Neuroprotective effects of the novel glutamate transporter inhibitor (-)-3-hydroxy-4,5,6,6a-tetrahydro-3aH-pyrrolo[3,4-d]-isoxazole-4-carboxylic acid, which preferentially inhibits reverse transport (glutamate release) compared with glutamate reuptake

Simona Colleoni, Anders A. Jensen, Elisa Landucci, Elena Fumagalli, Paola Conti, Andrea Pinto, Marco De Amici, Domenico E. Pellegrini-Giampietro, Carlo De Micheli, Tiziana Mennini, Marco Gobbi

Research output: Contribution to journalArticlepeer-review

Abstract

(±)-3-Hydroxy-4,5,6,6a-tetrahydro-3aH-pyrrolo[3,4-d] -isoxazole-4-carboxylic acid (HIP-A) and (±)-3-hydroxy-4,5,6,6a- tetrahydro-3aH-pyrrolo[3,4-d]isoxazole-6-carboxylic acid (HIP-B) are selective inhibitors of excitatory amino acid transporters (EAATs), as potent as DL-threo-β-benzyloxyaspartic acid (TBOA). We report here that the active isomers are (-)-HIP-A and (+)-HIP-B, being approximately 150- and 10-fold more potent than the corresponding enantiomers as inhibitors of [3H] aspartate uptake in rat brain synaptosomes and hEAAT1-3-expressing cells. Comparable IC50 values were found on the three hEAAT subtypes. (-)-HIP-A maintained the remarkable property, previously reported with the racemates, of inhibiting synaptosomal glutamate-induced [3H]D- aspartate release (reverse transport) at concentrations significantly lower than those inhibiting [3H]L-glutamate uptake. New data suggest that the noncompetitive-like interaction described previously is probably the consequence of an insurmountable, long-lasting impairment of EAAT's function. Some minutes of preincubation are required to induce this impairment, the duration of preincubation having more effect on inhibition of glutamate-induced release than of glutamate uptake. In organotypic rat hippocampal slices and mixed mouse brain cortical cultures, TBOA, but not (-)-HIP-A, had toxic effects. Under ischemic conditions, a neuroprotective effect was found with 10 to 30 μM (-)-HIP-A, but not with 10 to 30 μM TBOA or 100 μM (-)-HIP-A. The effect of (-)-HIP-A suggests that, under ischemia, EAATs mediate both release (reverse transport) and uptake of glutamate. The neuroprotection with the lower (-)-HIP-A concentrations may indicate a selective inhibition of the reverse transport confirming the data obtained in synaptosomes. The selective interference with glutamate-induced glutamate release might offer a new strategy for neuroprotective action.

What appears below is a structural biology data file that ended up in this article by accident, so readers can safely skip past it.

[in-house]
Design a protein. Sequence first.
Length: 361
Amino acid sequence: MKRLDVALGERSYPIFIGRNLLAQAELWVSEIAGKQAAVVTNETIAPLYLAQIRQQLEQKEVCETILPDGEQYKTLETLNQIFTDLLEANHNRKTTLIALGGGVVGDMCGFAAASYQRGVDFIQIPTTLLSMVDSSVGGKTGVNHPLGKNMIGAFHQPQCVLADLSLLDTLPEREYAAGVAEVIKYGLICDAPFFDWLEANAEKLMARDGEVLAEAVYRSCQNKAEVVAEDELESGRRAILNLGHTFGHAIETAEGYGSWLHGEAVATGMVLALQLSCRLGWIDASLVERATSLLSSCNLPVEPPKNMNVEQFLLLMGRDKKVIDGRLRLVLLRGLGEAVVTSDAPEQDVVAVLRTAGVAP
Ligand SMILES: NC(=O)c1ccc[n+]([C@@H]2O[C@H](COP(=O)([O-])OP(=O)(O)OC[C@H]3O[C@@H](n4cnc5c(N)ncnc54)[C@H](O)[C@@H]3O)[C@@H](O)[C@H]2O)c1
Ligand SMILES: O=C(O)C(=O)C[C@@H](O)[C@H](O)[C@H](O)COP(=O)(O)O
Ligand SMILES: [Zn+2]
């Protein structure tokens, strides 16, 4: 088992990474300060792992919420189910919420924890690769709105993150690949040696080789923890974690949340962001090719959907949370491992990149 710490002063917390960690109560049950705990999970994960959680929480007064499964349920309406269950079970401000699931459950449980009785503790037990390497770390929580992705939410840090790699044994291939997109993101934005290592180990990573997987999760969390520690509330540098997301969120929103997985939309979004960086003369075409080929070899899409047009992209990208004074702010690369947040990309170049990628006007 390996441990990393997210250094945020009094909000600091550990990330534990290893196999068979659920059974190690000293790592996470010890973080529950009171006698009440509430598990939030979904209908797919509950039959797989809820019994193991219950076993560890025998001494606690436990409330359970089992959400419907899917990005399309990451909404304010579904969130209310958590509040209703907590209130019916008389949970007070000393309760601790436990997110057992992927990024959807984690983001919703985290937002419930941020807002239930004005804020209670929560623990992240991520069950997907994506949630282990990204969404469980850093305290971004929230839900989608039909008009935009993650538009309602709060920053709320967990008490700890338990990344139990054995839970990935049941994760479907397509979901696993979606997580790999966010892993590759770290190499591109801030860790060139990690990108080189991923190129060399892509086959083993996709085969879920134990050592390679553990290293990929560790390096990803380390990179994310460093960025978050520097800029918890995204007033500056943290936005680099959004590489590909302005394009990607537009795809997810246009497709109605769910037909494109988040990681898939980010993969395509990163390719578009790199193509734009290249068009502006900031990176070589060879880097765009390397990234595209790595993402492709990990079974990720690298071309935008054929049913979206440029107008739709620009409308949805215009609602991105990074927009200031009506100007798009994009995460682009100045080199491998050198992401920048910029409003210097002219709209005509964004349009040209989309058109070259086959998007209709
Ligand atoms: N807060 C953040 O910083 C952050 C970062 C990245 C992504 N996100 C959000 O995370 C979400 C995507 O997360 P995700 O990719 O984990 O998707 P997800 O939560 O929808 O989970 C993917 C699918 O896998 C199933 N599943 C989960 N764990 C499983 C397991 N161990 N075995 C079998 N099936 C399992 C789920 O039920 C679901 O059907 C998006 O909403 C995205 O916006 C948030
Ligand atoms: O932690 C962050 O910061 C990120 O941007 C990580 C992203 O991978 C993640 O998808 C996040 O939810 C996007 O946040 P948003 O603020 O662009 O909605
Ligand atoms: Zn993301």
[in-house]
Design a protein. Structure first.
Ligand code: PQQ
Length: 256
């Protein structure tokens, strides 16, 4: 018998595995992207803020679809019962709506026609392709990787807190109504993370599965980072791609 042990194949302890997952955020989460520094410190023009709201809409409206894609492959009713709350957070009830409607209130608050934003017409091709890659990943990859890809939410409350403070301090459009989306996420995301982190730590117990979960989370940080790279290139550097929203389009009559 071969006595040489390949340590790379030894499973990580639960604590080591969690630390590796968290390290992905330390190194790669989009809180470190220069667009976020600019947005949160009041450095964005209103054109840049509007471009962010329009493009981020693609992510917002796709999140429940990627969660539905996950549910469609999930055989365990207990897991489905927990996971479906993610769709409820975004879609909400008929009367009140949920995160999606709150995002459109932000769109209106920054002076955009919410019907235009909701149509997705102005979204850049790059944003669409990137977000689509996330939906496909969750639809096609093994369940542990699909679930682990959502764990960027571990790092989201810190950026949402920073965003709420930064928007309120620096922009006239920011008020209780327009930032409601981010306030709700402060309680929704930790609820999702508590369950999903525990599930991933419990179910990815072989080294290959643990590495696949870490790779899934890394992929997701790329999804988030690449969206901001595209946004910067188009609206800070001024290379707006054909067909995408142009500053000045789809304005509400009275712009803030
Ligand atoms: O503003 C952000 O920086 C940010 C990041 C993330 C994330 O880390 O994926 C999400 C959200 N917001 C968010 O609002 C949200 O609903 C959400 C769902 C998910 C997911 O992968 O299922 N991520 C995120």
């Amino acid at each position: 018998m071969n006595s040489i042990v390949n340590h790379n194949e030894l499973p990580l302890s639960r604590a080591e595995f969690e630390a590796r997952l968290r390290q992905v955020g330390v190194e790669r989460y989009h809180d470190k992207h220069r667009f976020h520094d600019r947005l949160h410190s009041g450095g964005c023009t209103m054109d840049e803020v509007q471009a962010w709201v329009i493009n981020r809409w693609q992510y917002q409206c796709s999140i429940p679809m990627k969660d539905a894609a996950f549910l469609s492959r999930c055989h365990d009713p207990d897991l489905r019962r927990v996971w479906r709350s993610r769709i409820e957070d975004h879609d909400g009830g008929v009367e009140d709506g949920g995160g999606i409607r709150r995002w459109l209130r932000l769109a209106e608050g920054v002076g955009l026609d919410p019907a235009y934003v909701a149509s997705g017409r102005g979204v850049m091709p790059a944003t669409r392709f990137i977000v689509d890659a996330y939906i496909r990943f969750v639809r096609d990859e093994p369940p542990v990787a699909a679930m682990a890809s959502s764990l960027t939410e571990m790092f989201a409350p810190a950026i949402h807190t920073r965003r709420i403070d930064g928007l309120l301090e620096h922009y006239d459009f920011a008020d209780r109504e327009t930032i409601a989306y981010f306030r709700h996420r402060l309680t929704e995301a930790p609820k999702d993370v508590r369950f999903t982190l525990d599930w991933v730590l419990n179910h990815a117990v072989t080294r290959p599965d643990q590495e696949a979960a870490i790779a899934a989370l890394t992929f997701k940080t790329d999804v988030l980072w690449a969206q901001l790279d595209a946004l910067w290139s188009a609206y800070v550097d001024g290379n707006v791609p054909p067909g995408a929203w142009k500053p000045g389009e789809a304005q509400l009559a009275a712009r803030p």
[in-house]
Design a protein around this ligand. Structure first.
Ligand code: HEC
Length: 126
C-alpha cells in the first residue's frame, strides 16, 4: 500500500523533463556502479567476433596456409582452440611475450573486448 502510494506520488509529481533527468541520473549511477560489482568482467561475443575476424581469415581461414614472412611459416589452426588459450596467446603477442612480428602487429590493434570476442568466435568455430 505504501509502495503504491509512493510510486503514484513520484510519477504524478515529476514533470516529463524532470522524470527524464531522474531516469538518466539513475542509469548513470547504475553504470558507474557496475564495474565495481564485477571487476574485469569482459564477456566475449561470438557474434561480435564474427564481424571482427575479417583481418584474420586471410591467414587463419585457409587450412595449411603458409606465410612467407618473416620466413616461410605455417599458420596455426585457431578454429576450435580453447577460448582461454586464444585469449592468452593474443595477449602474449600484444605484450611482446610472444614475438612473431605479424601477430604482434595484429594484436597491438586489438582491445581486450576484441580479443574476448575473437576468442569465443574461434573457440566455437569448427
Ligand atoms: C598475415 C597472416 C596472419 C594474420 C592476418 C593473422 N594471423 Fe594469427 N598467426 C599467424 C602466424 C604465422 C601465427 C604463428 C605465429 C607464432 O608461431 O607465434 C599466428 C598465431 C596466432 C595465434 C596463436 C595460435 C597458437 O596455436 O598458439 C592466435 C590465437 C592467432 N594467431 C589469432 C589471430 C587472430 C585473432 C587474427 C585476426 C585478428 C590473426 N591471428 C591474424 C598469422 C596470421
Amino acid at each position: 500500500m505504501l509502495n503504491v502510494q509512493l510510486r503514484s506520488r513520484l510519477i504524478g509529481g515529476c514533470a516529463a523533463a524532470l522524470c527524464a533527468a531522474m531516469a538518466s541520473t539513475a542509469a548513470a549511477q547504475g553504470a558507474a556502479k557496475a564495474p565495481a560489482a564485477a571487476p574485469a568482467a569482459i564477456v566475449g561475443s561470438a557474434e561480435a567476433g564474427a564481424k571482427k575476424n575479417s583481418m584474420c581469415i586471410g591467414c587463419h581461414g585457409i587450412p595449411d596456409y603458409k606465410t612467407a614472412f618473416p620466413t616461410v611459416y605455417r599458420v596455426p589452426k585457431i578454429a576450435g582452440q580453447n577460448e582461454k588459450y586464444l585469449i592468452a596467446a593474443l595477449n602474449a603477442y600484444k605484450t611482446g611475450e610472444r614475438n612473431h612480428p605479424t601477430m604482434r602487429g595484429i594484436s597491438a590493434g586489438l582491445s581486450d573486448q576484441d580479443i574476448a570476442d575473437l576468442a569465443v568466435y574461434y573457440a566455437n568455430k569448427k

Original languageEnglish
Pages (from-to)646-656
Number of pages11
JournalJournal of Pharmacology and Experimental Therapeutics
Volume326
Issue number2
DOIs
Publication statusPublished - Aug 2008

ASJC Scopus subject areas

  • Pharmacology

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